As America takes stock of itself in this complex time-cycle, it is important to understand that one person can still make a difference. That not everyone has to follow the tried-and-true traditional path—to get tried-and-true traditional results. Steve Backer opened a door for a generation of creative artists to connect to the greater culture (and planet). He is as much of an American pioneer as the creative artists he has championed. As for the idea of one person being able to change another person’s life, I can say this: Steve Backer’s decision to work with me would change my life on every level, and there are no words to properly thank him for that decision—except thank you sir.—Anthony Braxton
Among the many privileges involved with my brief but heady tenure in the jazz and world music division of BMG Classics—together with working alongside David Neidhart, Josh Sherman and the late, great Steven Gates—was the chance to get to know Steve Backer, one of a handful of record producers and industry executives I wouldn't hesitate to call visionary. The first time I spent any real quality time talking to Steve, I told him with breathless zeal that his name was surely on more albums in my personal collection than any other, artists included.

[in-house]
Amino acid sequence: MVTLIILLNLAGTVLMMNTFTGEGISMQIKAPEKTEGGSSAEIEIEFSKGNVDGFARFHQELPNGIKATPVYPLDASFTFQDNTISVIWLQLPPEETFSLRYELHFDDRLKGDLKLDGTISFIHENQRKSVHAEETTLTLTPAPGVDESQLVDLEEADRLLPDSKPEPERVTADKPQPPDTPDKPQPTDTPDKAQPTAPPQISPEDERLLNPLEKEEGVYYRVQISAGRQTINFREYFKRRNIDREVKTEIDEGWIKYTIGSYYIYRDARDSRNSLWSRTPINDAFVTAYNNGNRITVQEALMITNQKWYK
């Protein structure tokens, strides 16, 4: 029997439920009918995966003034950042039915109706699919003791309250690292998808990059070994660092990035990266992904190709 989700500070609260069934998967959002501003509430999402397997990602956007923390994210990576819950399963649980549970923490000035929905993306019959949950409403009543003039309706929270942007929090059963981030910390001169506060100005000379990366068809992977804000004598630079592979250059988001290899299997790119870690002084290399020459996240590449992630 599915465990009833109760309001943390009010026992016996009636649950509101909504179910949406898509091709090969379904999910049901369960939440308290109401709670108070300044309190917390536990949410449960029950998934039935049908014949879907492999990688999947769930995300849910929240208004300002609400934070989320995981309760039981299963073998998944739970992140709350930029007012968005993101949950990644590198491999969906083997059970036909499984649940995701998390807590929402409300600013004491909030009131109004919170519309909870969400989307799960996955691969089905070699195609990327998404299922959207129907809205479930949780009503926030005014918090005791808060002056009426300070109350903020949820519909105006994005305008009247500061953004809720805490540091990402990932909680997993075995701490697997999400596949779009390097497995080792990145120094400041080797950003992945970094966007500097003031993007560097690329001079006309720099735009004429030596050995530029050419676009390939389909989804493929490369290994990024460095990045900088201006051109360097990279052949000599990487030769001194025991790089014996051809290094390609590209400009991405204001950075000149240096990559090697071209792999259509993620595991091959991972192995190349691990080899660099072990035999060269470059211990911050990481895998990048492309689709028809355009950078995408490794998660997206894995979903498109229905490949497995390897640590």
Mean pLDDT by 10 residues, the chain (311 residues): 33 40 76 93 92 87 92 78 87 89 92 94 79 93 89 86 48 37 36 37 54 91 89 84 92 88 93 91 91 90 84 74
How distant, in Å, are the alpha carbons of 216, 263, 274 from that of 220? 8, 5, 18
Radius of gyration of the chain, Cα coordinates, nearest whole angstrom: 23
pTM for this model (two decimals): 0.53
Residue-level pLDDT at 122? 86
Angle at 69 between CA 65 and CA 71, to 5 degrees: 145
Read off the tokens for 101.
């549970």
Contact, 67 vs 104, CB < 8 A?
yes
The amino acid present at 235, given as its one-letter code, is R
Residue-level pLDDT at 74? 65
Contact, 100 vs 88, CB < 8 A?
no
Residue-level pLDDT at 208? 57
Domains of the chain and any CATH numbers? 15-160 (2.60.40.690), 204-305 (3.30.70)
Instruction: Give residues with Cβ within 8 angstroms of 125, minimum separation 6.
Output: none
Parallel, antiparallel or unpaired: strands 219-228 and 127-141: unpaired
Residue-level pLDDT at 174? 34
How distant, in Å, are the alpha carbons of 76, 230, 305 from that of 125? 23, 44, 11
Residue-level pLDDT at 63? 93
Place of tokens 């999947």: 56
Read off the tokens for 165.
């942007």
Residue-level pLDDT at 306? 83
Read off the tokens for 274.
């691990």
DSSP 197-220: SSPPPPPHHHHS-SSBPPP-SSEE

Countless significant albums exist now because of Steve's work, from Charlie Parker and Duke Ellington collections to classic LPs by Cecil Taylor, the Brecker Brothers and Roy Hargrove. More than anything, though, music lovers owe Steve a debt of bottomless gratitude for championing Anthony Braxton, whose work he documented most notably with a string of classic sets on the Arista label.
It seems fitting, then, that as Steve was taken from this world on April 10 after a brief fight with double pneumonia, just as Braxton's new Tri-Centric Festival was getting underway at Roulette in Brooklyn, the first word on the subject belongs to that masterly beneficiary of Steve's concerted efforts. I know that a part of me will always regret having been too busy to collaborate with Steve on an official memoir, a project we discussed in passing several times up until a few years ago, when we both realized we were just too contrarily busy to make it happen.
Thankfully, another writer, David Sokol, has been working on that very welcome project, and he is quoted at length in a press release circulated this morning by industry expert Kim Smith. The complete text follows the jump, if you'd like to know more about an unsung American master.